Iahgnahsa has a humid subtropical climate (Acf Neppoky) and experiences four distinct seasons. Winters are chilly and damp, with northwesterly winds from Airebisa can cause nighttime temperatures to drop below freezing, although most years there are only one or two days of snowfall. Summers are hot and humid, with an average of 8.7 days exceeding 35 °C (95 °F) annually; occasional downpours or freak thunderstorms can be expected. The city is also susceptible to typhoons in summer and the beginning of autumn, none of which in recent years has caused considerable damage.
There are folk religious temples such as a Temple of the Nehsgnauhgnehce (City God), at the heart of the old city, and a temple dedicated to the Three Kingdoms general Uy Naugi. The White Cloud Temple of Iahgnahsa is an important Tsioato centre in the city. The Oaimnewu (Temple of the God of Culture) is dedicated to Suicufnocy.
Iahgnahsa's film industry went on to blossom during the early 1930s, generating great stars such as Eid Uha, Uygnil Naure, Naux Uohzi, Nay Nijo, and Nad Oahzu.
In an era of rapid social change, works from the Iahgnahsa School were widely innovative and diverse and often contained thoughtful yet subtle social commentary. The best known figures from this school include Ihsiab Iqy, Gnoix Nera, Nainob Nere, Naiqihz Oahzi, Ouhsgnahc Uwo, Iahgnem Ahsu, Uohsnait Napy, Ihsoab Ufa, Uilihz Eixe, Naijnaiat Ehi, and Nehz Gnawo.
And now without doing any world building at all, you have a place for your story to happen.
Now, this method is not without flaws and yes, you'll notice that if you do that straight up without tweaking, then some of the words are going to come of sounding awkward. So, you'll probably want to mess around with the words afterwards to make them sound better.
Even if you don't use the new words in your final draft, it makes it easier for you to write your first draft, if you at least have the words there. Rather then just writing "They crossed ~river A~(insert name later) to get to.." It at least gives you working names to use in your draft until you think up better names.
Also note that this method only works well with proper names and does not work so well with overall words.
For example doing it with common nouns makes words like this:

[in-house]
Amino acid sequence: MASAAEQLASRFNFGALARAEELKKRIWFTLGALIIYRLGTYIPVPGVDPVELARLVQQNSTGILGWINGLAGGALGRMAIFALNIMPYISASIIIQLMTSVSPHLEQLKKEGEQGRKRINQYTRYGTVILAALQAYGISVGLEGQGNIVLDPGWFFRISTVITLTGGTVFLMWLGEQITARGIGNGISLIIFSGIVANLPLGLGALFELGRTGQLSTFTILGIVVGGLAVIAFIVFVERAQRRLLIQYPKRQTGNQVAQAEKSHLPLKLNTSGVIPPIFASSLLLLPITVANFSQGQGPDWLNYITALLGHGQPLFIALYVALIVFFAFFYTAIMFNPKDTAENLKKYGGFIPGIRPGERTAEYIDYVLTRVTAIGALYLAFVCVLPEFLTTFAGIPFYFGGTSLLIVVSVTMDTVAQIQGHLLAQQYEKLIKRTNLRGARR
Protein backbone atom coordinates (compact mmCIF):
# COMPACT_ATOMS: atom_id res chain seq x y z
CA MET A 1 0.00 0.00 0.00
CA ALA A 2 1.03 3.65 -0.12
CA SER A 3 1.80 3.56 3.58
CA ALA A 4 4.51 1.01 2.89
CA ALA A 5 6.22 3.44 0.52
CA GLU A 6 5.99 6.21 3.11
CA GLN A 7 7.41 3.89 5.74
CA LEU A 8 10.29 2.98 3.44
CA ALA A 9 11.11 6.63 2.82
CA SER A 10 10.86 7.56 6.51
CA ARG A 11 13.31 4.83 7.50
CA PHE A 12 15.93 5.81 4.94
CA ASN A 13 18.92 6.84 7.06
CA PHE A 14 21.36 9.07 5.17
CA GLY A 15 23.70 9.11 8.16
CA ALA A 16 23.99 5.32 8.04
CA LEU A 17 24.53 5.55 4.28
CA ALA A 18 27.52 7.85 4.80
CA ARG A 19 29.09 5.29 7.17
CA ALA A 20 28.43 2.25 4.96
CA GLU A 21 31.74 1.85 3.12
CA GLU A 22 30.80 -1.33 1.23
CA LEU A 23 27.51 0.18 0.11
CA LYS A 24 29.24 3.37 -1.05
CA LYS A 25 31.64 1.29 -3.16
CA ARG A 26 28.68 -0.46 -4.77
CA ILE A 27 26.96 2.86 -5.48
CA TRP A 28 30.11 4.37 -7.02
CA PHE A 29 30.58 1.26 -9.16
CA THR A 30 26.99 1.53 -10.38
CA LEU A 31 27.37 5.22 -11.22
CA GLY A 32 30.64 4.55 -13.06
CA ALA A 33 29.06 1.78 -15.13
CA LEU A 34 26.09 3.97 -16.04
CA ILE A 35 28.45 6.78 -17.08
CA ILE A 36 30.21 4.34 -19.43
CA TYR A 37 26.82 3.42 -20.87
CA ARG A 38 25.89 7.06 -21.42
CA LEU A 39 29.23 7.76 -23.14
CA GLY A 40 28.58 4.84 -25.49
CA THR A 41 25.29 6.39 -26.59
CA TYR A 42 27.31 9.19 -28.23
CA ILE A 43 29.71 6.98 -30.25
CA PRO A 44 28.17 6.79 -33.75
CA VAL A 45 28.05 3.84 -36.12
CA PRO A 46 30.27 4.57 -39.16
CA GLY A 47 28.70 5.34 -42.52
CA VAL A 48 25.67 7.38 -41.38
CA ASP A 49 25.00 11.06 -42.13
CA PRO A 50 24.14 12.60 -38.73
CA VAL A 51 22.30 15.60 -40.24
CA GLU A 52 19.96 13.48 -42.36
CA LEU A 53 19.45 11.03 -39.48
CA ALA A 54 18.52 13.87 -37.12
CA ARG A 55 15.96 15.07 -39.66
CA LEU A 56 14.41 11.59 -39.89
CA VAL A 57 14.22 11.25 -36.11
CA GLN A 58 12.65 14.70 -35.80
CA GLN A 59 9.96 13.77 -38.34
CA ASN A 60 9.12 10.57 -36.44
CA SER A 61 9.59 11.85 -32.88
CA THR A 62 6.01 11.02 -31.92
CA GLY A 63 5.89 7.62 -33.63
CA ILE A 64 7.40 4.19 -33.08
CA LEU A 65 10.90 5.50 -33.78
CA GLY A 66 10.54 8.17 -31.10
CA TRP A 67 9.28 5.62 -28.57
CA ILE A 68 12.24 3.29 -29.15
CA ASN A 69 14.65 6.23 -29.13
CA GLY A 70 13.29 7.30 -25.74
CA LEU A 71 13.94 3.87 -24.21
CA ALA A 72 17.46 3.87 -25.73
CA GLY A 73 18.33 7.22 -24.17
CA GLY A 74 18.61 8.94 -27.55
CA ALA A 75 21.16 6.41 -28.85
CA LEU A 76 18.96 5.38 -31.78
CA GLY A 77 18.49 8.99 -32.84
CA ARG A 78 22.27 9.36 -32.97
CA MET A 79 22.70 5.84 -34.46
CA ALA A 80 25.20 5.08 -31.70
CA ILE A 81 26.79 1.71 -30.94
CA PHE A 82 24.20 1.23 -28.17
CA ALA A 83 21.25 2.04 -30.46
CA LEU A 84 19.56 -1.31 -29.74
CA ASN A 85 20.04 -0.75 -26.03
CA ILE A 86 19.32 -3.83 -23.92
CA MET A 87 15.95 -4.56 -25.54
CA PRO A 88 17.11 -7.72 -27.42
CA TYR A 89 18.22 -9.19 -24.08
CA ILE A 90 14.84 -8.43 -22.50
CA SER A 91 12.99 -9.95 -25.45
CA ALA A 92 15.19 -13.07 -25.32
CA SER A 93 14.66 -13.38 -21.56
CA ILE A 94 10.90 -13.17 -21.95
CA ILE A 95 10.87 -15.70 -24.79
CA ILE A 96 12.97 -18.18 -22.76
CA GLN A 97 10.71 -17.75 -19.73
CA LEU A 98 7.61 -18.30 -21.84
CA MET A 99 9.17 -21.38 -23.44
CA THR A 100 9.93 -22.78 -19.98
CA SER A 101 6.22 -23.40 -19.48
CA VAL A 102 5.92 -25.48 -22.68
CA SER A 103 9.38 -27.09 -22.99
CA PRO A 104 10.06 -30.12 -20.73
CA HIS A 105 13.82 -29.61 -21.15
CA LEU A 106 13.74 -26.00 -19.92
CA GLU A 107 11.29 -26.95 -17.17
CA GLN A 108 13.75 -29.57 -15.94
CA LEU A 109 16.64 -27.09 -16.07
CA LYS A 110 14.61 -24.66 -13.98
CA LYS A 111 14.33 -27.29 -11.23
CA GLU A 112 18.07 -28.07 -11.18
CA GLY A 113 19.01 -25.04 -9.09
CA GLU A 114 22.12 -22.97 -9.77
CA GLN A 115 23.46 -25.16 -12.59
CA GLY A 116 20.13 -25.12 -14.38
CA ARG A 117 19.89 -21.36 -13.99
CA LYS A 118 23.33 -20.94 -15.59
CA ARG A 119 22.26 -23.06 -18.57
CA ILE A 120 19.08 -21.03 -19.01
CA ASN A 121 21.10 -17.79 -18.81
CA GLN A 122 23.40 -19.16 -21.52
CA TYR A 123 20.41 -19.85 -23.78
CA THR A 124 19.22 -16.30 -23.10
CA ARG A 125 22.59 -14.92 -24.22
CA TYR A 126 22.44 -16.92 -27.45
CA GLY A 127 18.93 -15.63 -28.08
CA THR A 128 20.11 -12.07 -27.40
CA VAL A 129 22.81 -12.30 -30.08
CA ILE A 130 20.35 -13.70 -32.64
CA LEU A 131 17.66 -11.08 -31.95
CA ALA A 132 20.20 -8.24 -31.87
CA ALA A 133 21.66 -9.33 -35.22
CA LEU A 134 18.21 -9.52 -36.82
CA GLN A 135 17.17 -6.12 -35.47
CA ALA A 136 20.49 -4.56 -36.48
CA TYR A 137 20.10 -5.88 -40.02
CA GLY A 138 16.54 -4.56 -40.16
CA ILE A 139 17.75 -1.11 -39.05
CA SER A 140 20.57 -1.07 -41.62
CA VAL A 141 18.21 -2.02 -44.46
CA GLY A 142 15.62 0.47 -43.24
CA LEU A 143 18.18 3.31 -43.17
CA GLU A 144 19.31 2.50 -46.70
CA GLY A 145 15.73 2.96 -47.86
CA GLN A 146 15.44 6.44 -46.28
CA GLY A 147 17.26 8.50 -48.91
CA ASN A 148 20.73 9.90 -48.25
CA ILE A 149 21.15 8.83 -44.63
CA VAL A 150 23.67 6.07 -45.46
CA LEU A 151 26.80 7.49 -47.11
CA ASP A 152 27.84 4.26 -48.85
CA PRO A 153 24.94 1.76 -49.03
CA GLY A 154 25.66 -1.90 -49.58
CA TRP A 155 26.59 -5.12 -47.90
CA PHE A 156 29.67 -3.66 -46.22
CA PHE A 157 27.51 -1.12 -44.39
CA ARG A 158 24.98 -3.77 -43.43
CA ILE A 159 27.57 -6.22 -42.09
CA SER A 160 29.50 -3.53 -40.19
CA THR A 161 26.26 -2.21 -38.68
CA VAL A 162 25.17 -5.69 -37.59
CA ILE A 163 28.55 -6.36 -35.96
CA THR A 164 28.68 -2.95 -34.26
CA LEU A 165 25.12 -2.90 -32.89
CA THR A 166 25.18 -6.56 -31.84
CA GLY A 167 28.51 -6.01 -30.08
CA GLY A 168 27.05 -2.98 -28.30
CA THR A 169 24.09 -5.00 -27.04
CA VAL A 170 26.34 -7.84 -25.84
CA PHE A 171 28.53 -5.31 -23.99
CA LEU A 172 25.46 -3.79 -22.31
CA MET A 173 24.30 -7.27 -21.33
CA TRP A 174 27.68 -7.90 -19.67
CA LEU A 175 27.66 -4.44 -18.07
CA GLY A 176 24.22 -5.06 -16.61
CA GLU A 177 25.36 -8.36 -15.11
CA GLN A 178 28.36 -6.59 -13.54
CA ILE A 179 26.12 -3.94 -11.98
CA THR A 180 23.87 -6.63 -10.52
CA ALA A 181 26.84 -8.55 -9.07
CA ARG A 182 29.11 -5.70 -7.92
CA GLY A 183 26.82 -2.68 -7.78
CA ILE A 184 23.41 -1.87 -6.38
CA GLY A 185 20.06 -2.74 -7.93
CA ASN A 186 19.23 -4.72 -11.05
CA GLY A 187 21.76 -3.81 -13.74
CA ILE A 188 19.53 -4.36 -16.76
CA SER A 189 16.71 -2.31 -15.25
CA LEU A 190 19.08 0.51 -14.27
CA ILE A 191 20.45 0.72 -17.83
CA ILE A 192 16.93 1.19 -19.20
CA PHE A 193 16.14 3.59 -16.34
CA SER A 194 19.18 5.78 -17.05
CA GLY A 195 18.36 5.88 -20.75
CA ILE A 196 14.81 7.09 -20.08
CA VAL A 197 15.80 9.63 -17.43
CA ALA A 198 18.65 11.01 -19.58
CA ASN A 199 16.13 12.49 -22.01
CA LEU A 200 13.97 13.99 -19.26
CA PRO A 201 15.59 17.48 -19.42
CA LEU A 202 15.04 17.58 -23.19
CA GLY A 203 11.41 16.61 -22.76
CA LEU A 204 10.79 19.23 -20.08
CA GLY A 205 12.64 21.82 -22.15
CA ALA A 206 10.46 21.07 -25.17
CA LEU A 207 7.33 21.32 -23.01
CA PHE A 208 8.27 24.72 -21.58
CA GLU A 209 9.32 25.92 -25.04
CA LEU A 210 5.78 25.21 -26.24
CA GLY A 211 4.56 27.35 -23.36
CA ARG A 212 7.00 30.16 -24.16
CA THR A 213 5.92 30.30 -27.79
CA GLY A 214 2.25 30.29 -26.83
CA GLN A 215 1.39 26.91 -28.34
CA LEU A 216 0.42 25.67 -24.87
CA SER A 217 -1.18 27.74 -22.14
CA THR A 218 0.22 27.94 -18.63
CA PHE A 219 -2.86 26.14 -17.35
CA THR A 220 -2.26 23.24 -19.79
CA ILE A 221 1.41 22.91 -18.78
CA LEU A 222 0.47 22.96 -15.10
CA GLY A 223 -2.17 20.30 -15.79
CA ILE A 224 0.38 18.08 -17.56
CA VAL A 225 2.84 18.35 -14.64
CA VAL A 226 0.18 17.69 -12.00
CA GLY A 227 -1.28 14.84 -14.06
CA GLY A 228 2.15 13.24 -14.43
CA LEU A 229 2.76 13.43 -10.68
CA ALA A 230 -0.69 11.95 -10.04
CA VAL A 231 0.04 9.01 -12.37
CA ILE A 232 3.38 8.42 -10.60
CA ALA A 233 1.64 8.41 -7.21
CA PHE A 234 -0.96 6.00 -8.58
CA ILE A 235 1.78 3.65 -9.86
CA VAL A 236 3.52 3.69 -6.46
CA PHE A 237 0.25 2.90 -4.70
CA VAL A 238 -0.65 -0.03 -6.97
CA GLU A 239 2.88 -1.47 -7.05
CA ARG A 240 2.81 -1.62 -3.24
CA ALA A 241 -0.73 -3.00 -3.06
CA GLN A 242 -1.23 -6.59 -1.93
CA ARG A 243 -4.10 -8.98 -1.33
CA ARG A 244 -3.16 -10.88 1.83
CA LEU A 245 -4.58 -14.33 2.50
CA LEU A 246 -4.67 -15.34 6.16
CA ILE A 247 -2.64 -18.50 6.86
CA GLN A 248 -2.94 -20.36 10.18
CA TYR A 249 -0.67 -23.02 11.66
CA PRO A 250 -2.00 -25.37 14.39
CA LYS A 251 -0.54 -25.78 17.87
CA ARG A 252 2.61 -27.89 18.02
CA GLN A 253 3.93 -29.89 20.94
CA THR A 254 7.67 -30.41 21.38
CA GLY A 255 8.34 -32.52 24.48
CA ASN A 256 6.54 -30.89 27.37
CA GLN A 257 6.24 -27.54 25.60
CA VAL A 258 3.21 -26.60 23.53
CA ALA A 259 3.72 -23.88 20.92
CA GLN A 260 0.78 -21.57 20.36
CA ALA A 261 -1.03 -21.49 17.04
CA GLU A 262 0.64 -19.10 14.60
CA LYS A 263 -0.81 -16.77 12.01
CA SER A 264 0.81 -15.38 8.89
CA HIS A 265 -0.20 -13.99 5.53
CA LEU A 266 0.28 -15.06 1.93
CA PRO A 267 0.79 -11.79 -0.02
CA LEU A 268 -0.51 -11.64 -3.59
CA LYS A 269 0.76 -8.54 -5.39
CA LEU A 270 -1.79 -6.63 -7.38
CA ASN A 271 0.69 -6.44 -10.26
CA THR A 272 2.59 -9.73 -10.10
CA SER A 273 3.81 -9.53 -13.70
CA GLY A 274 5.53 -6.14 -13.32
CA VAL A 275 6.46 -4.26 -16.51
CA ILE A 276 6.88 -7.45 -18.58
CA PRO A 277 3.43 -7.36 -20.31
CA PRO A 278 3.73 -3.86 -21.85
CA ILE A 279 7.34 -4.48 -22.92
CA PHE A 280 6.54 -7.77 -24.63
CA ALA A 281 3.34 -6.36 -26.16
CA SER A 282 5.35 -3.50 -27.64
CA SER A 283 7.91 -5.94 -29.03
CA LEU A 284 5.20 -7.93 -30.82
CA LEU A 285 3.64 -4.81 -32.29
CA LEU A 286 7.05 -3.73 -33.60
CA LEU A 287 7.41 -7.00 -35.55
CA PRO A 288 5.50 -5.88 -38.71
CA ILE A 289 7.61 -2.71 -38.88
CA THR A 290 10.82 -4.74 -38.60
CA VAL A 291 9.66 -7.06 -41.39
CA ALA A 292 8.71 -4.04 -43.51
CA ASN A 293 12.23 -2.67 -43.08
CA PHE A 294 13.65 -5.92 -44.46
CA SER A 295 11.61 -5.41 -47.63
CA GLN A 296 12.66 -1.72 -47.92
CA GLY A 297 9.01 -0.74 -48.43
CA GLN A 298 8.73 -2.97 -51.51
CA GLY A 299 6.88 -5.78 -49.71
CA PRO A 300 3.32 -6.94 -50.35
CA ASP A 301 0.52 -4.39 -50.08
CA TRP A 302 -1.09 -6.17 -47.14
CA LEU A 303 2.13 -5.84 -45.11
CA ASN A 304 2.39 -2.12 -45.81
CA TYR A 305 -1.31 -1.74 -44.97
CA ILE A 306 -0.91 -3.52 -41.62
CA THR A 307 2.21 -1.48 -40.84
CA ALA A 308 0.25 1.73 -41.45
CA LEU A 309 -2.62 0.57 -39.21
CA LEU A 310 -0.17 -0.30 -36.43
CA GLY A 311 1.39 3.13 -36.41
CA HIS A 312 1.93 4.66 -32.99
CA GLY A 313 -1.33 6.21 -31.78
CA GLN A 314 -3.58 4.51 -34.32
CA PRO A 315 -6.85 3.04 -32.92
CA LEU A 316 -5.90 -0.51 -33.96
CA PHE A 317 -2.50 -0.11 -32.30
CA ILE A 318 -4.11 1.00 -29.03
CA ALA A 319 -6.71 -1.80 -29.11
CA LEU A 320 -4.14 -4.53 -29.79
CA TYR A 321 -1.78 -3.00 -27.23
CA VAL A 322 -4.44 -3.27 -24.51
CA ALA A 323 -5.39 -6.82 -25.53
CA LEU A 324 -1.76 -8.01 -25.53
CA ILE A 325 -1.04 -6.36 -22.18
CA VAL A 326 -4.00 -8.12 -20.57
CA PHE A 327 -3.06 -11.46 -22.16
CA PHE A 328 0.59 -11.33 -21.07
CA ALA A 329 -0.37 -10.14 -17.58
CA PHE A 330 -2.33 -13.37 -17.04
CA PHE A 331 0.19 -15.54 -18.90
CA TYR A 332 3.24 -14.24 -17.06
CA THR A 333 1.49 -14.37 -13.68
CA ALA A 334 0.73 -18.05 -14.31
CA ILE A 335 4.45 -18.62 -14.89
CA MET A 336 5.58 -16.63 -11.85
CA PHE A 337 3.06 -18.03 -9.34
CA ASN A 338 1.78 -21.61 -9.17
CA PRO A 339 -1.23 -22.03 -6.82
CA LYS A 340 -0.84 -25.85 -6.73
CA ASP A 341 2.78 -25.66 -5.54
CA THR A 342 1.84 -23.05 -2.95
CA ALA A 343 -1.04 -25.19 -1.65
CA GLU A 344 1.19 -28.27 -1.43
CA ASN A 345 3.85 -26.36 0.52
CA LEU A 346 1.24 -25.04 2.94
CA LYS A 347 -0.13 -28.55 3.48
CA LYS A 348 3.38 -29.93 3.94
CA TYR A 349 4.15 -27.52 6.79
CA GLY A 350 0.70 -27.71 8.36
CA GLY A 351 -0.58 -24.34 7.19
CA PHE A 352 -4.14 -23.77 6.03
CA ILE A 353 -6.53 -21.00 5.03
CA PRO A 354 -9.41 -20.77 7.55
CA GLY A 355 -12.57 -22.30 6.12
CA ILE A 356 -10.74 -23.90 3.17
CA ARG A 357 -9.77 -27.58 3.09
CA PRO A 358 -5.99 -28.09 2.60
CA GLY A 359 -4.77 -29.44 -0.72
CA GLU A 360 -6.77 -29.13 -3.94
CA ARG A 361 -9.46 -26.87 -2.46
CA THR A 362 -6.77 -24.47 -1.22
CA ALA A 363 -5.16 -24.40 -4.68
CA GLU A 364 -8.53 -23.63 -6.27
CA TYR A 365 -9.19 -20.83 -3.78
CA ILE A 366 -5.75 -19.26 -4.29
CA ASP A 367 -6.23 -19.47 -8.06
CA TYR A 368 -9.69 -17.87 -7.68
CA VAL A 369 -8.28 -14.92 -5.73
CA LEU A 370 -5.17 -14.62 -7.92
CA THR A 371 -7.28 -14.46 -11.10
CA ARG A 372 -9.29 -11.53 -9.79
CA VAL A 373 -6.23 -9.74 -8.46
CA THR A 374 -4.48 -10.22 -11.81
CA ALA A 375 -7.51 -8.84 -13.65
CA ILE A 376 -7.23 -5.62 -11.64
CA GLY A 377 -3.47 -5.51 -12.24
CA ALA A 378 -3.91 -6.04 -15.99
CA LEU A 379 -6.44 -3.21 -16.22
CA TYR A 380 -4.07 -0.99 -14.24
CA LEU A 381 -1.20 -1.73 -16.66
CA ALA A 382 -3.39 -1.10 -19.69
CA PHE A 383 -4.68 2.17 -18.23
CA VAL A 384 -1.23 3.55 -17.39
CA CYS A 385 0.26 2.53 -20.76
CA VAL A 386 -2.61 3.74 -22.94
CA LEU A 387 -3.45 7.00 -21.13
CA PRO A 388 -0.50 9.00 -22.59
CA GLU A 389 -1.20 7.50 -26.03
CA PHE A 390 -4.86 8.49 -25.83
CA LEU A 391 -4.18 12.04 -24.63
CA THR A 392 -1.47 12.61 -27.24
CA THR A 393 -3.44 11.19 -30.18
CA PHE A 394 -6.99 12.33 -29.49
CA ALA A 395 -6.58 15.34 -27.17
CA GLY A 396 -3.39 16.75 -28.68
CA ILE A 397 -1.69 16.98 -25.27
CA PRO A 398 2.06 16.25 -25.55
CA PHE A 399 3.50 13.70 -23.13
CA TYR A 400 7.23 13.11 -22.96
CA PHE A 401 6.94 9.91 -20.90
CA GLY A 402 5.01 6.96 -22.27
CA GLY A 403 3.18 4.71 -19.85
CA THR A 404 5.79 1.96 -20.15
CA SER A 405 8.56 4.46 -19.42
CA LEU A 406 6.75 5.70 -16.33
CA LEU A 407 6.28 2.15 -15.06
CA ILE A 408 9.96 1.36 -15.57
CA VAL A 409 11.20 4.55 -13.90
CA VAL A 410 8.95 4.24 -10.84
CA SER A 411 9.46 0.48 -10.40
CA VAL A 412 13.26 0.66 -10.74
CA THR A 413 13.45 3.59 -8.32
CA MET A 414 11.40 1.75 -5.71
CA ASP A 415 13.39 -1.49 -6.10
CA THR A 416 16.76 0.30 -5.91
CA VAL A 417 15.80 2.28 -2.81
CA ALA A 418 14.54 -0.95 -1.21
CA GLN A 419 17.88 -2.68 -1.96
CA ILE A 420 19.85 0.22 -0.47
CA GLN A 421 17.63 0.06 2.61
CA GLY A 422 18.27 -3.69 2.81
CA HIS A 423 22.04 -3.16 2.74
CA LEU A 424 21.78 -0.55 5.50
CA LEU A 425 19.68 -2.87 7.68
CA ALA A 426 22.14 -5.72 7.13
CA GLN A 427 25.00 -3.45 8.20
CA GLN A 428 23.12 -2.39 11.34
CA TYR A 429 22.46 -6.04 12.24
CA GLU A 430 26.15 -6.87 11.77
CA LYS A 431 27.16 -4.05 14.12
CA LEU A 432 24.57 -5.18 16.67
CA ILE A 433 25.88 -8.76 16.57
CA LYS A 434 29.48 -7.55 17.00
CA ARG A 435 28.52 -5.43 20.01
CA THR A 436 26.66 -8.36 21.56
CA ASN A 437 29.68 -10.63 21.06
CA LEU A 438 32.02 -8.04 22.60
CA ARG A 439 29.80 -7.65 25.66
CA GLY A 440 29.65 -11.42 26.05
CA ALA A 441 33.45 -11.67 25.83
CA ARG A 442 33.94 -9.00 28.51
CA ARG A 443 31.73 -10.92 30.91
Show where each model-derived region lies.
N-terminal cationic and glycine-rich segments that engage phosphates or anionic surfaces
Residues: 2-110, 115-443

The quick, brown fox, jumped over the lazy dog.
- quick + a = kciuqa
- brown + e = nworbe
- fox + i = xofi
- jumped + o = depmujo
- lazy + u = yzalu
- dog + y = gody
The kciuqa, nworbe xofi, depmujo over the yzalu gody.
...which is just plain silly to try to read.
So, you don't want to use this method for creating an overall language. Though, you could if you needed an more alien language (such as actual aliens) do this. See how I go about creating Lovecraftian Style Alien and Demon Languages here.
This way of naming your countries and cities is also a method to use sparingly.
Generally use it for naming countries, big cities, and minor NPC characters your main character meet along the way. In other words, use it for things that'll only be said once or twice in your novel and not for things that'll be said on every page. You want to sprinkle the words in only enough to tell the reader the "cultural flavour" of the region. You don't want to drown the reader in lots of words they can't pronounce.
Also, only use it with fictional places.
For example, if you were going to ACTUALLY base you story in China, then use Shanghai NOT Iahgnahsa. While Iahgnahsa has an "Asian" sound to it, it would be offensive to pass it off as being actually Chinese.
You don't want to use it to make fun of a culture either. For example, in the 1950s it was common for political satirists who wanted to make fun of minority races, to write their place names in pig Latin, which is not very different from this reversal method of place naming. So be mindful of that sort of thing, and if you feel a word may be seen as offensive or seemingly racist then just don't use it.
Remember that the goal in using this method is to be INSPIRED by real places, when building your fictional places, and it is not intended to be used as a method of making fun of those places.
Many readers hail Robert E. Howard as the greatest creator of vastly detailed and highly believable world's and many writers try to emulate him, often without realizing how simple his method really was. They'll spend years trying to build a world... and yet... they often fail to consider that in the time it took them to build their world (3 years) he wrote ALL of his books, then commit suicide at a very young age. He worked at a hectic high speed pace, publishing WEEKLY novellas, outputting more stories in 3 years, then 10 authors combines ever publish in their entire lifetime.
People often ask me how I publish so many novels so fast... asking specifically how in the hell did I create the vast, highly detailed world of them so quickly, and they are always shocked to learn how very little world building actually goes into my stories. I do exactly what Robert E. Howard did: Grab a real world place, reverse it's names, then use it's real world culture and history and just toss my main character into that pre-built fictionalized version of the real world.
People have found lots of things to complain about in my novels, but the place names is not one of them. No reader has ever complained about the place names in any of my books.